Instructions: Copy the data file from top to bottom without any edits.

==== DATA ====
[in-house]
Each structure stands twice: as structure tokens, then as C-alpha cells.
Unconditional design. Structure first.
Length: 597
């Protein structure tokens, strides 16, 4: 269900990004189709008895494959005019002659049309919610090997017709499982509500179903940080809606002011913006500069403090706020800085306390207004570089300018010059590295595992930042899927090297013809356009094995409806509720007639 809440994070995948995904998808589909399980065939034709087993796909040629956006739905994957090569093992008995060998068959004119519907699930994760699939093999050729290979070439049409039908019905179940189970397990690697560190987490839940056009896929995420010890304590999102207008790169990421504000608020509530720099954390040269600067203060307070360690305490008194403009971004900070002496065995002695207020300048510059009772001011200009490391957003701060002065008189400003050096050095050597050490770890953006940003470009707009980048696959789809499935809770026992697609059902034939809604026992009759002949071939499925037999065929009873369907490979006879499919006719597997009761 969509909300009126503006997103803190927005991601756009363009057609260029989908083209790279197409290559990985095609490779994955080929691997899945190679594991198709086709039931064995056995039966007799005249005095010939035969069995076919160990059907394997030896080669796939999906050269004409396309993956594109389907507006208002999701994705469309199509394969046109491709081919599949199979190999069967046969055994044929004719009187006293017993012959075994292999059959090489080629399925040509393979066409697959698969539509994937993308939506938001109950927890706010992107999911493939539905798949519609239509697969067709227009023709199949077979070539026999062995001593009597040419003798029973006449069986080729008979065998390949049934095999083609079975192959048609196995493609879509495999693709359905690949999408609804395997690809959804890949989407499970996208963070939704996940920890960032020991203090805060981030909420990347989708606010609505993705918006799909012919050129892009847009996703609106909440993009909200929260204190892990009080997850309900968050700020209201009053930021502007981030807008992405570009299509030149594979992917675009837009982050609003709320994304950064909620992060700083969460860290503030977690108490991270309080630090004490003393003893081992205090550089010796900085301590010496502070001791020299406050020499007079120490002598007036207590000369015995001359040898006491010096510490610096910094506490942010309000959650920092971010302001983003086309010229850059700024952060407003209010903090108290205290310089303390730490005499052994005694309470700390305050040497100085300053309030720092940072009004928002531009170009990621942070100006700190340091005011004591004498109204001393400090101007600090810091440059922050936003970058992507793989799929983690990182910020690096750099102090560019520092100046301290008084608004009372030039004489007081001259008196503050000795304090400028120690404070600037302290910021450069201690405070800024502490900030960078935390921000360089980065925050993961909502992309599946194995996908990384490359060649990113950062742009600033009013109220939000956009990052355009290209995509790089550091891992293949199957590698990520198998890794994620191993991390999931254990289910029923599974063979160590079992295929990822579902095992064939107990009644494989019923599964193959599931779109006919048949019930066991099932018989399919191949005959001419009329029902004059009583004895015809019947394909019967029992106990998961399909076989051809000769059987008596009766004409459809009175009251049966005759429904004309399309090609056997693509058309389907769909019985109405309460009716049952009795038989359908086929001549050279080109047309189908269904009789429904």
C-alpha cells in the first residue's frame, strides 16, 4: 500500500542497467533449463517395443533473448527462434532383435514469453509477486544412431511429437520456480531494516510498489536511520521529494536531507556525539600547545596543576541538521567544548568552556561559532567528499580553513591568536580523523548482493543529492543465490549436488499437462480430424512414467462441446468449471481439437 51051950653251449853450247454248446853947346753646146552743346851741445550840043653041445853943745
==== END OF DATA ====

[in-house]
Each structure stands twice: as structure tokens, then as C-alpha cells.
Unconditional design. Structure first.
Length: 597
């Protein structure tokens, strides 16, 4: 269900990004189709008895494959005019002659049309919610090997017709499982509500179903940080809606002011913006500069403090706020800085306390207004570089300018010059590295595992930042899927090297013809356009094995409806509720007639 809440994070995948995904998808589909399980065939034709087993796909040629956006739905994957090569093992008995060998068959004119519907699930994760699939093999050729290979070439049409039908019905179940189970397990690697560190987490839940056009896929995420010890304590999102207008790169990421504000608020509530720099954390040269600067203060307070360690305490008194403009971004900070002496065995002695207020300048510059009772001011200009490391957003701060002065008189400003050096050095050597050490770890953006940003470009707009980048696959789809499935809770026992697609059902034939809604026992009759002949071939499925037999065929009873369907490979006879499919006719597997009761 969509909300009126503006997103803190927005991601756009363009057609260029989908083209790279197409290559990985095609490779994955080929691997899945190679594991198709086709039931064995056995039966007799005249005095010939035969069995076919160990059907394997030896080669796939999906050269004409396309993956594109389907507006208002999701994705469309199509394969046109491709081919599949199979190999069967046969055994044929004719009187006293017993012959075994292999059959090489080629399925040509393979066409697959698969539509994937993308939506938001109950927890706010992107999911493939539905798949519609239509697969067709227009023709199949077979070539026999062995001593009597040419003798029973006449069986080729008979065998390949049934095999083609079975192959048609196995493609879509495999693709359905690949999408609804395997690809959804890949989407499970996208963070939704996940920890960032020991203090805060981030909420990347989708606010609505993705918006799909012919050129892009847009996703609106909440993009909200929260204190892990009080997850309900968050700020209201009053930021502007981030807008992405570009299509030149594979992917675009837009982050609003709320994304950064909620992060700083969460860290503030977690108490991270309080630090004490003393003893081992205090550089010796900085301590010496502070001791020299406050020499007079120490002598007036207590000369015995001359040898006491010096510490610096910094506490942010309000959650920092971010302001983003086309010229850059700024952060407003209010903090108290205290310089303390730490005499052994005694309470700390305050040497100085300053309030720092940072009004928002531009170009990621942070100006700190340091005011004591004498109204001393400090101007600090810091440059922050936003970058992507793989799929983690990182910020690096750099102090560019520092100046301290008084608004009372030039004489007081001259008196503050000795304090400028120690404070600037302290910021450069201690405070800024502490900030960078935390921000360089980065925050993961909502992309599946194995996908990384490359060649990113950062742009600033009013109220939000956009990052355009290209995509790089550091891992293949199957590698990520198998890794994620191993991390999931254990289910029923599974063979160590079992295929990822579902095992064939107990009644494989019923599964193959599931779109006919048949019930066991099932018989399919191949005959001419009329029902004059009583004895015809019947394909019967029992106990998961399909076989051809000769059987008596009766004409459809009175009251049966005759429904004309399309090609056997693509058309389907769909019985109405309460009716049952009795038989359908086929001549050279080109047309189908269904009789429904």
C-alpha cells in the first residue's frame, strides 16, 4: 500500500542497467533449463517395443533473448527462434532383435514469453509477486544412431511429437520456480531494516510498489536511520521529494536531507556525539600547545596543576541538521567544548568552556561559532567528499580553513591568536580523523548482493543529492543465490549436488499437462480430424512414467462441446468449471481439437 51051950653251449853450247454248446853947346753646146552743346851741445550840043653041445853943745